Gait status 17-26 years after selective dorsal rhizotomy

Langerak N.G. ; Tam N. ; Vaughan C.L. ; Fieggen A.G. ; Schwartz M.H. (2012)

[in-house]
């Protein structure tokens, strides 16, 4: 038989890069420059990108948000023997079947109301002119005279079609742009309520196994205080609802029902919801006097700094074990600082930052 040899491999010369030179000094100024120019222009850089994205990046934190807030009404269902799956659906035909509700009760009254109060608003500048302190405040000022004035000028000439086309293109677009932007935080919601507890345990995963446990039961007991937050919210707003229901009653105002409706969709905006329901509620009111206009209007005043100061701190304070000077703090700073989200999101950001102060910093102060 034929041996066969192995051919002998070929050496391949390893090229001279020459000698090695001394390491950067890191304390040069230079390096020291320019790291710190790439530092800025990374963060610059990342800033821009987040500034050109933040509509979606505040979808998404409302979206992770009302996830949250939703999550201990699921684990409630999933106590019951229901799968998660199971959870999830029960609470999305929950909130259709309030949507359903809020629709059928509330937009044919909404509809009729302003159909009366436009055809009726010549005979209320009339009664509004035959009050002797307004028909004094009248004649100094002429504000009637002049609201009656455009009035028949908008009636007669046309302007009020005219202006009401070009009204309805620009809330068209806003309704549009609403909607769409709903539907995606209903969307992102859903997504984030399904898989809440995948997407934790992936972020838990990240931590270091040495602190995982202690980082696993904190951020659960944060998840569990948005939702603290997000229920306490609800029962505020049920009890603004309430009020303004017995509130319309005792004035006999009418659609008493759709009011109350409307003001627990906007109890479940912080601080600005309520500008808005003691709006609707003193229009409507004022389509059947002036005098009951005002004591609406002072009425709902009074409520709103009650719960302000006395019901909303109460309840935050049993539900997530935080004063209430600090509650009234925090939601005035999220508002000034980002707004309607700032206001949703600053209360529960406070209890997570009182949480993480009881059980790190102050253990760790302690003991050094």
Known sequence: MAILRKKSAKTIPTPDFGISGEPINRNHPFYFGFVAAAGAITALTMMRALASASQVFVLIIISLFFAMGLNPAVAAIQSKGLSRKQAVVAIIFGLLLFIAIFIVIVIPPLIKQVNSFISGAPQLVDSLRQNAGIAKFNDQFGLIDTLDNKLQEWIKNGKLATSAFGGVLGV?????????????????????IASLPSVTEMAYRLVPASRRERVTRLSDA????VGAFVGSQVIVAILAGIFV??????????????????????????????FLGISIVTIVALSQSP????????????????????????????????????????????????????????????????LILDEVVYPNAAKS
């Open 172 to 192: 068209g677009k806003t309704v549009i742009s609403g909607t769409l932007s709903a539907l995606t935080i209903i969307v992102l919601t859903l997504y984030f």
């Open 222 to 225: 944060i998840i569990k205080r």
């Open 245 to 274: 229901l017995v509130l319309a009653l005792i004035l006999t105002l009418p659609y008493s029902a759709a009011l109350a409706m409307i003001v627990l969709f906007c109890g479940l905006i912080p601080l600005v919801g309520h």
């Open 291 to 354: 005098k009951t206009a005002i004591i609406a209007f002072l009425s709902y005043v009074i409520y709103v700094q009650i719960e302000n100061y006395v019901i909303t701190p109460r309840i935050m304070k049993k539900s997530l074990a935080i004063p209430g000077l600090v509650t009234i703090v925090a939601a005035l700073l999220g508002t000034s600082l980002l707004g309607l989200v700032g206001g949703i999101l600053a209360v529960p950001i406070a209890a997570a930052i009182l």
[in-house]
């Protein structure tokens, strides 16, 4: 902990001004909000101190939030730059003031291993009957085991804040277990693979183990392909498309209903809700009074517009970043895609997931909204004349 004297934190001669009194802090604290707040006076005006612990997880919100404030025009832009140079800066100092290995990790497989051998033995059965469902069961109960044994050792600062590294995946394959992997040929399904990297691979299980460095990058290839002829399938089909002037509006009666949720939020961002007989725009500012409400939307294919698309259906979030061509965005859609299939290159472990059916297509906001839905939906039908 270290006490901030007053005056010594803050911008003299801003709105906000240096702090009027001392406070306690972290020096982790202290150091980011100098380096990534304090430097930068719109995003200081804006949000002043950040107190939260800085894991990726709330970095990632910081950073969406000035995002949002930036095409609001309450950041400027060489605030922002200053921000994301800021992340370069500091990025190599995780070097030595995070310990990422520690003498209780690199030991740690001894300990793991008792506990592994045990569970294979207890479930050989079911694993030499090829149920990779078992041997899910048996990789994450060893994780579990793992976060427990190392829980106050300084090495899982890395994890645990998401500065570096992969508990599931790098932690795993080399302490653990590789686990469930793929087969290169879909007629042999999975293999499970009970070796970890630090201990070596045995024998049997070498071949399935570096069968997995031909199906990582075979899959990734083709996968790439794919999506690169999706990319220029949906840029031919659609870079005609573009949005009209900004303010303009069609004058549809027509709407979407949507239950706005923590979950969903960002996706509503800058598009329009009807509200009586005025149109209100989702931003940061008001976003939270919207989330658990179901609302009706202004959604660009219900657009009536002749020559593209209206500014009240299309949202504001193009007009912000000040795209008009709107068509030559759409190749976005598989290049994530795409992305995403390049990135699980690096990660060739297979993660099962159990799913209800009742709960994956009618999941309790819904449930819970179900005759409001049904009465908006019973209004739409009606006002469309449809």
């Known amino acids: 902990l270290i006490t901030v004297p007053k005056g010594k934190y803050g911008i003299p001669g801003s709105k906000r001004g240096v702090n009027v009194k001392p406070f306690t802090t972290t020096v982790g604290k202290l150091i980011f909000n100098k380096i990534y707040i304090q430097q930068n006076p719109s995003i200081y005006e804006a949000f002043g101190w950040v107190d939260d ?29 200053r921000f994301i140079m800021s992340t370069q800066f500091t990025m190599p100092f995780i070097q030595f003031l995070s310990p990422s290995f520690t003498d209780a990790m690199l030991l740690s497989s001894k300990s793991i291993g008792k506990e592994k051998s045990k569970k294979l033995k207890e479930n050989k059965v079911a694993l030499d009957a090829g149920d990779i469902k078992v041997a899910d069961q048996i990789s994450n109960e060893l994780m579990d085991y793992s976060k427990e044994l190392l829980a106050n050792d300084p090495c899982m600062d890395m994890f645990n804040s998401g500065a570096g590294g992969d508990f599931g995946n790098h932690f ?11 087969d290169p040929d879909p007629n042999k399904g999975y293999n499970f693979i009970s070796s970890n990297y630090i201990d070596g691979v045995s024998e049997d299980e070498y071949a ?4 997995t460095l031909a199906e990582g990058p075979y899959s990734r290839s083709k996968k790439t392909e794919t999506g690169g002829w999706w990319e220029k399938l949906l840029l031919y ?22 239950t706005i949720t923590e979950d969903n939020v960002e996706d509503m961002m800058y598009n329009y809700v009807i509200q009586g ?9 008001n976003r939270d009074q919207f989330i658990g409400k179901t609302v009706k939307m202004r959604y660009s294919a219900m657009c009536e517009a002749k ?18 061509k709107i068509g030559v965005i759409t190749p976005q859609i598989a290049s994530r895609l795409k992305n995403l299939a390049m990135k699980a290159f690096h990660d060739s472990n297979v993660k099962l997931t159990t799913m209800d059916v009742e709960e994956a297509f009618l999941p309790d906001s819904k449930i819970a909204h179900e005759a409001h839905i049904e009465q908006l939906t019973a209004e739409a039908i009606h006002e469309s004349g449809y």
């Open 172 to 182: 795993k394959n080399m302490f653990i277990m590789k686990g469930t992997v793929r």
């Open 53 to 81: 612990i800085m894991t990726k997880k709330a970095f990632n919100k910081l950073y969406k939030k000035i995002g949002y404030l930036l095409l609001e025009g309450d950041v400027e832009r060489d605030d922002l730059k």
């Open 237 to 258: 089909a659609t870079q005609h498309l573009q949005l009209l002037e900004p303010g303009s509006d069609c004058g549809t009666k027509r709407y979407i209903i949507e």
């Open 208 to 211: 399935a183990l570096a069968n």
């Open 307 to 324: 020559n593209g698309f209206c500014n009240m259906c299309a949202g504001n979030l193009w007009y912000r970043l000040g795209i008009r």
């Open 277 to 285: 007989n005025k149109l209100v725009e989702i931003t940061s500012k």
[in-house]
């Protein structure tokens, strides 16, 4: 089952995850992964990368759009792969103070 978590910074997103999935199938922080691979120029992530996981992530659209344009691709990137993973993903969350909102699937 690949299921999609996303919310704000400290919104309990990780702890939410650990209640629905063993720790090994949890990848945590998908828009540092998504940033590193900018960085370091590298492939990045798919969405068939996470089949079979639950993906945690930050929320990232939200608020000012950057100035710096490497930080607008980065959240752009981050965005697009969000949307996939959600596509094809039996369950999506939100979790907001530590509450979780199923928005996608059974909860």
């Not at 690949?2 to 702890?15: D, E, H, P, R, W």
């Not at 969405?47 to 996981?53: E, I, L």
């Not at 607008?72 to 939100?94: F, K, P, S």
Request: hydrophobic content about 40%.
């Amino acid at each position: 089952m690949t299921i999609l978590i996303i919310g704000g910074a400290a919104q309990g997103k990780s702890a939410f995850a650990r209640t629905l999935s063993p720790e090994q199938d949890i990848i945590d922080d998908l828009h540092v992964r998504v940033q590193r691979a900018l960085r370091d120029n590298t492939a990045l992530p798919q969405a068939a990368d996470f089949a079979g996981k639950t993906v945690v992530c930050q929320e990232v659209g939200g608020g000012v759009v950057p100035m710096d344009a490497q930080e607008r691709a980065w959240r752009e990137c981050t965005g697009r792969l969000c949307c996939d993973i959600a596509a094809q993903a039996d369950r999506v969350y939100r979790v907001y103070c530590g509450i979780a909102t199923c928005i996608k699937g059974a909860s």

The purpose of this study was to use three-dimensional gait analysis to describe the gait status of adults with spastic diplegia who underwent selective dorsal rhizotomy (SDR) in childhood. Outcome measures were the gait deviation index (GDI), non-dimensional temporal-distance parameters, and kinematics of the lower limbs.A total of 31 adults with spastic diplegia who had previously undergone SDR were eligible and participated in current study (SDR group). These participants had a median age of 26.8 years (range 21-44 years) with a mean time between surgery and assessment of 21.2±2.9 years (range 17-26 years). For comparison purposes, 43 typically developed adults also participated (CONTROL group), with a median age of 28.3 years (range 21-45 years). More than 17 years after SDR 58% of the SDR group showed improved GMFCS levels, while none of them deteriorated. The participants in the SDR group walked with a mild crouch gait, although there was a loading response, adequate swing-phase knee flexion, adequate swing-phase plantarflexion, reasonable speed and cadence. The gait status of the SDR group more than 17 years after SDR was similar to what has been reported in short-term follow-up studies, as well as our earlier 20 year follow-up study that did not include 3D gait analysis. Appropriate orthopaedic intervention was required in 61% of the study cohort. Whether the types and numbers of orthopaedic interventions are positively affected by SDR remains an open question. Further studies examining this question are warranted. In addition, long-term follow-up studies focused on other interventions would also be of clinical relevance. © 2011 Elsevier B.V.

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